Anne wobbled into the complex, using Roger as a crutch. She took particular interest in the spinning doors, as of that moment she was so drunk she could never recall seeing anything that magical before in her lifetime. “Come along, Annie,” Roger ordered, tugging gently on her arm.

The blonde pirouetted around to look the man straight in the eyes; her glare filled with animus while reflecting in his shimmering brown irises and back into her own. Right now, she didn’t know why, but she despised him. “Don’t call me tat!” she slurred. “Call me Anne. Only my friends call me Annie, and you, sir, are NOT my friend!”

“What friends are you speaking of? I didn’t know you had any.”

“Ooh…” Anne growled ferociously. “You’re gonna get it, mister!”

Taking her firmly by the wrist, Roger dragged the irate girl through the dazzling, golden lobby and over to the elevators set back in a rose colored hallway. He quickly pressed the up button and then mumbled something to himself about the top floor. “Oh, don’t tell me you live in the pent ‘ouse ‘ere!”

“Okay, fine, I won’t tell I live in the penthouse here. Will that make Miss Princess happy?” he shouted.

“No!” Miss Princess shouted right back.

“See tis guy right ‘ere?” Anne asked a stranger standing right next to her while she pointed to her chagrined companion. “ ‘e owns the pent ‘ouse. The pent ‘ouse! Can you believe it?”

The scared little man adjusted his tie nervously as he replied, “Ah, na…no. That’s, ah, well, amazing.” He pressed the up button as rapidly as he could, anxious to escape the obviously intoxicated woman wavering dangerously next to him.

“Sorry, sir. My friend here’s just had a bit more to drink than she should have,” he informed, ushering Anne behind him and away from the stranger.

Roger’s words hardly helped to soothe the stout elf’s nerves any. His eyes darted catywampously between the beautiful blonde girl and the powerful, strong man, who had his arm around her waist. “Yes, well, methinks you should try and get her to lead a more salubrious way of life. The whole drunk look isn’t quite so flattering for such a kissable face.”

“And metinks you sould sut-up!” Anne yelped angrily.

Roger placed his hand over her mouth to keep her from upsetting the other man more. Still, it was understandable why she would say something as rude as that. After all, where did this man get the right to say anything about her lifestyle to her? And that whole kissable thing. It was obvious even to the drunk that Roger was more than a little angry that he had said something like that about her. Pervert. “She’s just had a really bad day,” Roger explained.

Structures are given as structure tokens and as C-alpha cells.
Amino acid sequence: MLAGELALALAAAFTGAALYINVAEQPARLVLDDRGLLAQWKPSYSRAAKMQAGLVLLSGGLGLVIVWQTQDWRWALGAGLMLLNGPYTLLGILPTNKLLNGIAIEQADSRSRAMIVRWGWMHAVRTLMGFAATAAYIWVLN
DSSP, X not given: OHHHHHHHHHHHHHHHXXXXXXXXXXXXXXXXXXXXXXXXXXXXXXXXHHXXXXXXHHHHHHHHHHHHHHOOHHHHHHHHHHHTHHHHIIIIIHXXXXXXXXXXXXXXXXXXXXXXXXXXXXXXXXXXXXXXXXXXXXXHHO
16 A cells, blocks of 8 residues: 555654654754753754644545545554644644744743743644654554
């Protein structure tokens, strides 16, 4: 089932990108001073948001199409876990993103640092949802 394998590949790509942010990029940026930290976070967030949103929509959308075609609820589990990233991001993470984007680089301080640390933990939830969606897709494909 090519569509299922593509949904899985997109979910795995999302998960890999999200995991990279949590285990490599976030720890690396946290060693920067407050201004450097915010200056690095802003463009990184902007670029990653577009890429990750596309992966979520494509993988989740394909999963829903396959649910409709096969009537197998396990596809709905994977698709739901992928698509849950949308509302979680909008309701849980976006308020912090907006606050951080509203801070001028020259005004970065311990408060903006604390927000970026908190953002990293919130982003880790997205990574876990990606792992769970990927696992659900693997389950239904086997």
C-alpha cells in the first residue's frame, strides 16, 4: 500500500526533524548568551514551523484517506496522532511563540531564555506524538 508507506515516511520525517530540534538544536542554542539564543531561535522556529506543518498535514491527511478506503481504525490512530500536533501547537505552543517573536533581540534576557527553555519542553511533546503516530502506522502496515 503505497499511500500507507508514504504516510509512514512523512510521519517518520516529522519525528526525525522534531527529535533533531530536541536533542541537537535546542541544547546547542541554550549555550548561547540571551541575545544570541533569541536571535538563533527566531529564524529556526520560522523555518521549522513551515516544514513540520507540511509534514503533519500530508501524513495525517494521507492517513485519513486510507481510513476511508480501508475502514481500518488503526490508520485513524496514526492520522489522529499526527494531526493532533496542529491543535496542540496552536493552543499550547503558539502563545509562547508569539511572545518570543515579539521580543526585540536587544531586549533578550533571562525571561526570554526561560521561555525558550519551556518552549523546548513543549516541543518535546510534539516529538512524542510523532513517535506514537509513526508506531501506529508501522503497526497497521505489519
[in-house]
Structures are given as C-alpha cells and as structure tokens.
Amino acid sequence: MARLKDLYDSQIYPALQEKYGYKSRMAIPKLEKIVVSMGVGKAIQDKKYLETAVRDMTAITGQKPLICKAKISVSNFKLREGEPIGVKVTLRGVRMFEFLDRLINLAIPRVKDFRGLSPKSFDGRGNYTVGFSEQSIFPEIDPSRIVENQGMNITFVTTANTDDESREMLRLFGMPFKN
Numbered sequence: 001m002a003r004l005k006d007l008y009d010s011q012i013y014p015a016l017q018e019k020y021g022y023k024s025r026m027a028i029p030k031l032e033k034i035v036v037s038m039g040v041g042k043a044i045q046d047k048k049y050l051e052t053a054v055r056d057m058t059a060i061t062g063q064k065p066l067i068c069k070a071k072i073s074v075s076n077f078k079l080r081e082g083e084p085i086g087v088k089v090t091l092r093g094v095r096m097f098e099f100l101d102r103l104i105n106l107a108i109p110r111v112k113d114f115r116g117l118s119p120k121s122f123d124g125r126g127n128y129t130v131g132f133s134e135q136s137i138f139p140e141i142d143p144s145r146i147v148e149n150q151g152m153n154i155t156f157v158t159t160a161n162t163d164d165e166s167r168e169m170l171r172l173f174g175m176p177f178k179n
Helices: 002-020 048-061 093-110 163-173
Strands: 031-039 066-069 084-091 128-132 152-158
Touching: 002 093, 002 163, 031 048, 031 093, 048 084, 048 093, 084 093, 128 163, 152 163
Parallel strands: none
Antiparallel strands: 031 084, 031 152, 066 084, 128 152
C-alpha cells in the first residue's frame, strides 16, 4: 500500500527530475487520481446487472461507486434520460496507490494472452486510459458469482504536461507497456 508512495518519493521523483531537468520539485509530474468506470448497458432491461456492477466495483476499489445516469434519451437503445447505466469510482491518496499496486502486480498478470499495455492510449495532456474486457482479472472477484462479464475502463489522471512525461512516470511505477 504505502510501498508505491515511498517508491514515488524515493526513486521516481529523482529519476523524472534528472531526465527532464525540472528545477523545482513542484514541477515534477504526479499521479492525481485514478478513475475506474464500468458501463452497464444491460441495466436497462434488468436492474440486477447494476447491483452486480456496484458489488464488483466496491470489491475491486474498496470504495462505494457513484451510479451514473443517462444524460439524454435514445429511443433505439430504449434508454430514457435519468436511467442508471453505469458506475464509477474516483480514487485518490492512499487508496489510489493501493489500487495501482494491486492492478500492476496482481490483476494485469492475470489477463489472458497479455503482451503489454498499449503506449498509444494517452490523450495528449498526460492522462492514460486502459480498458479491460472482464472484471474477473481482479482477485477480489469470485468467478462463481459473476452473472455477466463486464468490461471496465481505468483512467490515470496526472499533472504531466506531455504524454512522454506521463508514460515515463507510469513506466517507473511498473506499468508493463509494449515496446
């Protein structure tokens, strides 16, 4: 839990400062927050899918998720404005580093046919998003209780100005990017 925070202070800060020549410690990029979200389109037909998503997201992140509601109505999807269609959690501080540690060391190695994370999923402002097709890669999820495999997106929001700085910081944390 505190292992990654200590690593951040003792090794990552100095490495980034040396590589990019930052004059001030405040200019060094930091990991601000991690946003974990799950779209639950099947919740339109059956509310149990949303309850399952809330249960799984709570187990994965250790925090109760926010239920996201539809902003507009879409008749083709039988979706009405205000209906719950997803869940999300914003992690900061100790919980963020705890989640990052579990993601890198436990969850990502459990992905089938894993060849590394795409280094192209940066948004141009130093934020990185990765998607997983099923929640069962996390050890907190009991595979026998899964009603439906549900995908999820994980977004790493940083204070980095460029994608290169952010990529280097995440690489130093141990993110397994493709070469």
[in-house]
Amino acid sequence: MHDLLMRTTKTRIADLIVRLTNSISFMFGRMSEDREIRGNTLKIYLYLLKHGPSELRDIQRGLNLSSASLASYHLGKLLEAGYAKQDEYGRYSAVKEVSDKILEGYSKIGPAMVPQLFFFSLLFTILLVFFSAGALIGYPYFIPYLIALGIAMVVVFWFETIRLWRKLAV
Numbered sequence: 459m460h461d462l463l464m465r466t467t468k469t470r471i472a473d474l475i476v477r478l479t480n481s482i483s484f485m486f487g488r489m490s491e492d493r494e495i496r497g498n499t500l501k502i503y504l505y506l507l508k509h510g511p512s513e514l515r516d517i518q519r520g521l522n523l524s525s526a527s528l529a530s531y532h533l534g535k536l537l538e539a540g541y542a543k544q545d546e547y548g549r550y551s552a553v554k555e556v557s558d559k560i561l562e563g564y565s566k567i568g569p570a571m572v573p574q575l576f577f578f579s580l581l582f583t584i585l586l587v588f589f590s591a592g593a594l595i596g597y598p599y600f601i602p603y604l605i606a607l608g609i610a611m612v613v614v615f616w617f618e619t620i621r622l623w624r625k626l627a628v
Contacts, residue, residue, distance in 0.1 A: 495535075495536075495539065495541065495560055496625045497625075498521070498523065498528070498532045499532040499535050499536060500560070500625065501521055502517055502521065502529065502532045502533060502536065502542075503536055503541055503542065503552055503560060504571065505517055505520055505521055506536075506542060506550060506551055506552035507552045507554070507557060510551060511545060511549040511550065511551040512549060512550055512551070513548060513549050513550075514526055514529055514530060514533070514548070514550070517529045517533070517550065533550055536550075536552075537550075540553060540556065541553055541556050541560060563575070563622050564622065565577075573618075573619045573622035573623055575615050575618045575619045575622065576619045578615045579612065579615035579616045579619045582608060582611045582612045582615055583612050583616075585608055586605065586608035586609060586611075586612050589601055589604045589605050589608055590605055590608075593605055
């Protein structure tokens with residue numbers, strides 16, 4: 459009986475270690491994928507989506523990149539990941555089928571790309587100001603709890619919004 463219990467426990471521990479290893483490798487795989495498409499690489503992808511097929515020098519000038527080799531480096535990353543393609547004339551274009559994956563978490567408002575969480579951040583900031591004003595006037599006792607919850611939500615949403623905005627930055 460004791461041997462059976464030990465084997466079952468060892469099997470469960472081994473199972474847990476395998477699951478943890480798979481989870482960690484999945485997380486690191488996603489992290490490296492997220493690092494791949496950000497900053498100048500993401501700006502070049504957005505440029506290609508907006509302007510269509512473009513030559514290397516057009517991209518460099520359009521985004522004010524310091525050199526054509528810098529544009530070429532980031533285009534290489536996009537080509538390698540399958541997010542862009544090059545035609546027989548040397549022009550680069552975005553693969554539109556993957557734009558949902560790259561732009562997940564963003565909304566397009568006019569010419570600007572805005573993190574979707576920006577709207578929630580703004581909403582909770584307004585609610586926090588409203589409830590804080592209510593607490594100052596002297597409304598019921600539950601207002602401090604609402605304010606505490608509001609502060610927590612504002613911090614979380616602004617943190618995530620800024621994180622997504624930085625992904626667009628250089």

“I can imagine,” the man spit out distastefully. “Where is that blasted elevator!”

The soft ding announced the arrival of the most anxiously anticipated elevator. The whir of the gears as the doors opened sounded like crashing cars to Anne, and she squeezed her eyes shut as she tried to dull the pain in her ears. A few people climbed out of the lift as Roger, Anne and the chubby gnome climbed in it. “What floor?” inquired Roger as he promptly pushed 15 for his own. “Four.” It was a short and simple answer, good enough for Roger.

Then, as he was going to push it, Anne dove wildly at the panel, shoving Roger aside. “I want to push the button!” And she did, and not just floor four either – all of them. Her companion rubbed his face with his hand as he smiled, totally embarrassed, at the other occupant. This was going to be a very long and silent ride. That cry from Anne was the last thing that was said as the lift made its halting way up the shaft. When the elevator finally stopped on the plastic garden gnome’s level, he exited in complete silence, without saying so much as simple goodbye or even bothering to look back at the mix-matched couple. “Rude little man, don’t ya tink?”

“Maybe if you hadn’t scared him so damn much he wouldn’t’ve acted like that.”

“Ah, ‘oo asked for your opinion anyway?” As he started to retort, Anne answered for him before he could even form a syllable. “No one did.”

Instead of pursuing another fruitless argument (which he would inevitably lose), Roger decided to drop the subject in order to bring up a new topic of conversation. “How are you feeling?” Lame, but at least it was the start of a conversation nonetheless.


“Stupid question.”

The elevator finally came to halt on the top floor, and the pair stepped off together, Roger still holding her swaying form with his one arm. “Could you please reach into my coat pocket and get my keys for me?” he asked sweetly as he pulled Anne along with him to the closed white door at the end of the hall labeled: “Penthouse Suite.”

Reluctantly, Anne dove her hand into his pocket, fished around just to make him uncomfortable, and then immediately found a ring of four keys. “Wat’re all tese for?”

“One’s for here, one’s for my parents’ house, one’s for my car I never use, and the last one’s for none of you business.” All of the sweetness had disappeared from his voice as he spoke of the remaining key. “Now give ‘em here.” Roger presented his free hand to Anne, and she hesitantly forked over the keys to him. “Thank you.”